Top US Admiral Says He Would Use Nuclear Bombs On China Next Week If Donald Trump Ordered It

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2:31 pm 28 Jul, 2017


During a security conference at the Australian National University on Thursday, Admiral Scott Swift, the US Pacific Fleet Commander, while answering a question, said that he would launch a nuclear attack on China next week if President Donald Trump orders him to do so.

The security conference was held after a major joint military exercise of Australia and America. A Chinese intelligence information gathering ship off northeastern Australia monitored the joint military drill of the two countries.

US Pacific Fleet Commander Scott Swift Alchetron


During the conference, one of the academics from the audience questioned Scott Swift if he would attack China with a nuclear bomb next week, to which Swift replied in the affirmative. Firstpost quotes Swift saying,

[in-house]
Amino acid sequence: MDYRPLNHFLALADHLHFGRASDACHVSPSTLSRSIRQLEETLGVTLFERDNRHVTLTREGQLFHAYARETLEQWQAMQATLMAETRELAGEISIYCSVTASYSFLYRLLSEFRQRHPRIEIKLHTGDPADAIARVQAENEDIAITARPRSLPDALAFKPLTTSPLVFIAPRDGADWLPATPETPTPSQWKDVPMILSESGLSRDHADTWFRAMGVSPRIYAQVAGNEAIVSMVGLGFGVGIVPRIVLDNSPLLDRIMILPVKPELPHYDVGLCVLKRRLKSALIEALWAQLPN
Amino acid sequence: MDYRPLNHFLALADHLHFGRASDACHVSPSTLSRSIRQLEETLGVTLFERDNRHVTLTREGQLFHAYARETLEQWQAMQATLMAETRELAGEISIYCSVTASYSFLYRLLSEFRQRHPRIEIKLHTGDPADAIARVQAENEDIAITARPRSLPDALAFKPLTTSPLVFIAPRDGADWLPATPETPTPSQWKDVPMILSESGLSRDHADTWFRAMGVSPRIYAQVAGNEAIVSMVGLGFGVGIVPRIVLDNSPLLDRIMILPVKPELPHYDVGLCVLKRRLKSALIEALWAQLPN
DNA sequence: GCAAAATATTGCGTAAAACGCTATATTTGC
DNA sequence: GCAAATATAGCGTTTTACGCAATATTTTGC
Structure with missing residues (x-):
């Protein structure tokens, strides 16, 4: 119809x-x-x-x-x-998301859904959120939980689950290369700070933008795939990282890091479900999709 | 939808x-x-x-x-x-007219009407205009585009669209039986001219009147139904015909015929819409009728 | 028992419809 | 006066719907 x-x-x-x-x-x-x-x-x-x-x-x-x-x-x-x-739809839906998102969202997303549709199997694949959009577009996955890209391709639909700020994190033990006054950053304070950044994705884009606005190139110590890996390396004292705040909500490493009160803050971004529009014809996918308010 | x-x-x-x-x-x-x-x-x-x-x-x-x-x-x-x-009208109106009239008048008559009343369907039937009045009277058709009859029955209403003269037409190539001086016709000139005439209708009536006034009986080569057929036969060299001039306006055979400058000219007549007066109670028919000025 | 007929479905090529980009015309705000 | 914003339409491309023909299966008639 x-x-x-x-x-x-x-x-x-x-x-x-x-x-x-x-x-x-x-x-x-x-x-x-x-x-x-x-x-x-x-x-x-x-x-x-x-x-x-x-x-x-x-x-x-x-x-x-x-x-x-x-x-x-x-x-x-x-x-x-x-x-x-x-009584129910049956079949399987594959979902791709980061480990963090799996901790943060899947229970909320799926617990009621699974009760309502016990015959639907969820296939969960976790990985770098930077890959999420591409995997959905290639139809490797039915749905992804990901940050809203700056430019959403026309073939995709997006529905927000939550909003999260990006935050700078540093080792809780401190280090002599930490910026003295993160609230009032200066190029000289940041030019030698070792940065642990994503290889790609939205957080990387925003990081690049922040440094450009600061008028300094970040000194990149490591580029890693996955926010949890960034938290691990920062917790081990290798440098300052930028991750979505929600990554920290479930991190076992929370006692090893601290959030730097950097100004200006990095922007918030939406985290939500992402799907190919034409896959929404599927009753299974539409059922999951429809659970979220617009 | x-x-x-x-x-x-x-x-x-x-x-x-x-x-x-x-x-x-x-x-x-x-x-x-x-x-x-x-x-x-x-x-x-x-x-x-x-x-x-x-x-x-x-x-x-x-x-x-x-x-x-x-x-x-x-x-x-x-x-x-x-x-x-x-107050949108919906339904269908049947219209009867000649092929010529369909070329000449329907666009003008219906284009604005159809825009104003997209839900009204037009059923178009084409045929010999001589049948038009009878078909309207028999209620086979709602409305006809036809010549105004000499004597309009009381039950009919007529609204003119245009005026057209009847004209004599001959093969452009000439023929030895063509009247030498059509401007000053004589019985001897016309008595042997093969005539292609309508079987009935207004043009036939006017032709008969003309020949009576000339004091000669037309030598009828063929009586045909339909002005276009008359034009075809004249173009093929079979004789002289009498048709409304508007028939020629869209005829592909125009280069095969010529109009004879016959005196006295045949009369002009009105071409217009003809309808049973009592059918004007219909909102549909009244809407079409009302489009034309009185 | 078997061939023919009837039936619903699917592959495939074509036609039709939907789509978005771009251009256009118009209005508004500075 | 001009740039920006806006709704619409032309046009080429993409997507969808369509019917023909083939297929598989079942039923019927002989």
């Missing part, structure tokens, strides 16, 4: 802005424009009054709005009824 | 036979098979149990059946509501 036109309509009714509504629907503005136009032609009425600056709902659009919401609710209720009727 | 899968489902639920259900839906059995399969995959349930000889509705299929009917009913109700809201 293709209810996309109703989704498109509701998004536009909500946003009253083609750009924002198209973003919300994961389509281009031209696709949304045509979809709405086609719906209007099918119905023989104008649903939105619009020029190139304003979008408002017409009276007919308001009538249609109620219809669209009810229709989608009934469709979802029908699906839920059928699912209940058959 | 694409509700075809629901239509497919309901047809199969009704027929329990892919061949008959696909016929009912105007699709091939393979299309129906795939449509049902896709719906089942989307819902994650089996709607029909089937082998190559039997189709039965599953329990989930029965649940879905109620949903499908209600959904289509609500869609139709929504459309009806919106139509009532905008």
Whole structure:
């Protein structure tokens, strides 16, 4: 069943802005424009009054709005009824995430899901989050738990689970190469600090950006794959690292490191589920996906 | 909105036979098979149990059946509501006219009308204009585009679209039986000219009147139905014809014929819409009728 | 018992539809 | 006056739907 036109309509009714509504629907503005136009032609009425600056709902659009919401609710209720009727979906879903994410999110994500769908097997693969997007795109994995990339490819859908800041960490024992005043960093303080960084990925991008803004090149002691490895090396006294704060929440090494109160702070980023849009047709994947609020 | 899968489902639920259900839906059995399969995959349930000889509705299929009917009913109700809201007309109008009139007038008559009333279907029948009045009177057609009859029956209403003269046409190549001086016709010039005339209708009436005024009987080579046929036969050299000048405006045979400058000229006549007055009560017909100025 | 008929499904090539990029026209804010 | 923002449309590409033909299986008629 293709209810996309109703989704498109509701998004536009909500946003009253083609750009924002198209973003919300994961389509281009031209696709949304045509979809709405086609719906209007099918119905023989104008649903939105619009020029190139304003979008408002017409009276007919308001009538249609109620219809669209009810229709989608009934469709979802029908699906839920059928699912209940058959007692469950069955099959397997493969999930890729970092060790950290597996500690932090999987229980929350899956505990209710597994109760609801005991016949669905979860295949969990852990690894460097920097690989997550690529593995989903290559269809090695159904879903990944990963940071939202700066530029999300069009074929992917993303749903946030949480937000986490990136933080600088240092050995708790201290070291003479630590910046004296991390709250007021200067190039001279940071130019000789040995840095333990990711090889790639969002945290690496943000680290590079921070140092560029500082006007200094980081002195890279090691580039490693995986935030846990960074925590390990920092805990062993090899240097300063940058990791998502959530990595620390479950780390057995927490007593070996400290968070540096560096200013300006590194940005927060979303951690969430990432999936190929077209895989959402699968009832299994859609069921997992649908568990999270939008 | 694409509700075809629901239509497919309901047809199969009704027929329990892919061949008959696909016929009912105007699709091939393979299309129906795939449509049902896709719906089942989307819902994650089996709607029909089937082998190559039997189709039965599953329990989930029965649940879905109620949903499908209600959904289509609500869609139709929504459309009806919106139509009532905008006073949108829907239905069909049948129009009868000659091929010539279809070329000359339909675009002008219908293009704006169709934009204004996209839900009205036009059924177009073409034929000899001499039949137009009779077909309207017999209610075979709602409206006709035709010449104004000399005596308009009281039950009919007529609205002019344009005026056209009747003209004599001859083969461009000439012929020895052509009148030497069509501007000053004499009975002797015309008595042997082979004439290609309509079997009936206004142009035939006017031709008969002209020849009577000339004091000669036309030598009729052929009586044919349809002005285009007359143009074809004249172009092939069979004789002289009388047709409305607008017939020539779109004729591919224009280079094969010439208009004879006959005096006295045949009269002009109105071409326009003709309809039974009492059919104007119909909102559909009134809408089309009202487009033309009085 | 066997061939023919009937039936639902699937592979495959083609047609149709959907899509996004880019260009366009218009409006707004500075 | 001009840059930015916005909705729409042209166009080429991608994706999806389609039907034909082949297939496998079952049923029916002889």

The answer would be: Yes. Every member of the US military has sworn an oath to defend the constitution of the United States against all enemies foreign and domestic and to obey the officers and the president of the United States as commander and chief appointed over us. This is core to the American democracy and any time you have a military that is moving away from a focus and an allegiance to civilian control, then we really have a significant problem.

While the Admiral’s reply sounds like a warning alarm, Pacific Fleet spokesman, Captain Charlie Brown, later said that Swift was not addressing the premise of the question but was talking about the principle of civilian authority of the military.

Brown further said that “the premise of the question was ridiculous” and that the question was “outrageous, hypothetical”.

There has, however, been no official reply from China to the statement by US Pacific Fleet Commander. China too is powered with nuclear arsenal but smaller than that of the US. Moreover, it maintains a “no first use” policy, therefore, it would not launch a first strike against a nuclear-armed opponent or use nuclear weapons against a country that did not have them. But there have been occasional calls to change the policy.



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